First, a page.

Lessons from Big Bird and the gang


Tom Dunn - Contributing Columnist



On Nov. 10, 2019, the iconic children’s program, “Sesame Street,” will celebrate the 50th anniversary of its premiere on public television. If you have been a child or had a child in the last 50 years, chances are great that the program has graced your television set. By 2018, it was estimated that 86 million Americans had watched Bert, Ernie, Kermit, Big Bird, and the rest of the “Sesame Street” gang teach our young children valuable life lessons, making it the most widely viewed children’s educational television program in the world.

“Sesame Street” was the first such program to develop a curriculum based on solid research on how little people learned. Experts created educational goals and a well-conceived curriculum to shape its content, and, even more importantly, the show never stopped evolving as more was learned about child development.

“Sesame Street’s” goals were pretty simple. It wanted to use the hypnotic effect television holds over human beings, especially children, in a positive way. Its creators wanted to help better prepare preschoolers, particularly those from low income families, for school. As the program evolved, it focused not only on a child’s academic growth, but also on his or her social, emotional, and behavioral development. Its creators realized that those skills were as important to success as academic knowledge, which led to programs showing children how to develop relationships, how to be tolerant of others, how to manage their emotions, how to solve problems, and the importance of behaving ethically.

You may have noticed that at no time has the show ever equated educating kids to incessantly testing them, as our politicians have done. It hasn’t done that because there was no research to suggest that it was an appropriate thing to do.

Instead, the program remained dedicated to helping the whole child develop by focusing on his or her emotional, social, and behavioral skills, as well as his or her academic growth. It did this because its creators knew those skills were every bit as important as academic knowledge in achieving success.

Meanwhile, our political “leaders” have done just the opposite with their laws. They have, for all intents and purposes, determined that the only thing that matters is a child’s academic prowess and performance on tests, and they have done this with no research to support their approach.

Interestingly enough, one of the reasons the show was created five decades ago was because the research showed that children from disadvantaged economic environments were beginning school woefully lacking in the skills necessary to allow them to be successful. It was well established that when children were ill-prepared to begin school, they started out well behind those better prepared in a multitude of areas, and they were often unable to close the gap.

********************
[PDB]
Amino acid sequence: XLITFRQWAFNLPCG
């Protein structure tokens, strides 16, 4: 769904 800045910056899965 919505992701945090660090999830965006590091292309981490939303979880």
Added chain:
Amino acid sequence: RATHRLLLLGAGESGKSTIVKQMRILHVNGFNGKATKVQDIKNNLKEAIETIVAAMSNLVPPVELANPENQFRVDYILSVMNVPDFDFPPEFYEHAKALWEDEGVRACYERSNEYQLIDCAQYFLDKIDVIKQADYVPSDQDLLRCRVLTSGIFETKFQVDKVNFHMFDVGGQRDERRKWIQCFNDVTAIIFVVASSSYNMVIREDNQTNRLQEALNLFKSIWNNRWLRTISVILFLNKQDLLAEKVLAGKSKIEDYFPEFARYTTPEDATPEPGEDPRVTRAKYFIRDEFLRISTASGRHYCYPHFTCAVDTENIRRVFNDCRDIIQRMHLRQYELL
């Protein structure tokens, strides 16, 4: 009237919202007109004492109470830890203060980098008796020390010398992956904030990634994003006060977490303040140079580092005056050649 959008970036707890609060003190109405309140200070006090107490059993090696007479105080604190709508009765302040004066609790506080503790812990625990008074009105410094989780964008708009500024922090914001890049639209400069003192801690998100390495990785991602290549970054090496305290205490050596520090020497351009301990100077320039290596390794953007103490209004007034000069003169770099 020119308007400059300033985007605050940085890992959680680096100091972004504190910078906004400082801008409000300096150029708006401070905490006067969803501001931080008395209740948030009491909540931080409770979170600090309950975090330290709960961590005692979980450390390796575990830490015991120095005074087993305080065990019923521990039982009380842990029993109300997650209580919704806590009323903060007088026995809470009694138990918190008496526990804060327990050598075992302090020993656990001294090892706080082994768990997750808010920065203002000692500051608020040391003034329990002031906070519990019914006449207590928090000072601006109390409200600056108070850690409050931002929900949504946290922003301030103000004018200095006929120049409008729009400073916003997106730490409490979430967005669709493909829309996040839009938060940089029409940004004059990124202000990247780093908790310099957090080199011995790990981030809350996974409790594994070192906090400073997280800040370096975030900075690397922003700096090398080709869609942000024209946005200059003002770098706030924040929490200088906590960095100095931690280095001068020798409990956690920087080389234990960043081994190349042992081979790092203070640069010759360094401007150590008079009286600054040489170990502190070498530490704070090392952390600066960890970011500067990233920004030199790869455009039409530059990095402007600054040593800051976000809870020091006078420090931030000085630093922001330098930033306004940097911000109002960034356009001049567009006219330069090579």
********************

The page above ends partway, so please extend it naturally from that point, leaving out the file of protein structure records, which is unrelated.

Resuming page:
Which is exactly what the research shows today, despite the fact that dozens upon dozens of politically motivated laws have been enacted that promised to help close the achievement gap by focusing only on academic achievement.

I wonder how it feels to be outsmarted by Big Bird and Miss Piggy.

Additionally, “Sesame Street’s” creators never pretended that it could replace poor or absentee parenting. It only hoped to supplement the skills that were (hopefully) being taught at home. It even touted the importance of “co-viewing” its programs, which is when parents or older siblings watch the program with a small child to fill in the gaps as to what may confuse them about the lessons they are watching.

What it never did was pretend that it was acceptable for parents to have children, then wash their hands of any future responsibility to educate them by sitting them in front of a television or sending them to school and expecting someone else to do their jobs.

So, why do our politicians continue to adopt that attitude? Why do they insist on ignoring the role parents play in their child’s development while creating “accountability” rules that place the blame for uneducated children solely at the feet of schools? Why don’t they also blame “Sesame Street” for the difference in achievement between children from different economic strata?

They don’t do it with “Sesame Street,” because it would be stupid to do so…just like it is with schools.

A report released in 2015 by the National Bureau of Economic Research indicated that “Sesame Street” was as effective at preparing children for school as Head Start, more inclusive (since Head Start focuses only on economically disadvantaged children), and much less expensive. One of the authors of the report, Phillip Levine, an economics professor at Wellesley College, described “Sesame Street” as the “largest and least costly early childhood intervention program that has ever been implemented in the United States.”

And, just like with our schools, it has been most successful with children who have parents sitting at their side actively engaged in their learning and much less so with those who don’t have that advantage.

So, why do our “leaders,” you know, the ones who control the purse strings and write the laws, continue to pretend as if this isn’t true?

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Tom Dunn

Contributing Columnist

Tom Dunn is the former superintendent of the Miami County Educational Service Center.

Tom Dunn is the former superintendent of the Miami County Educational Service Center.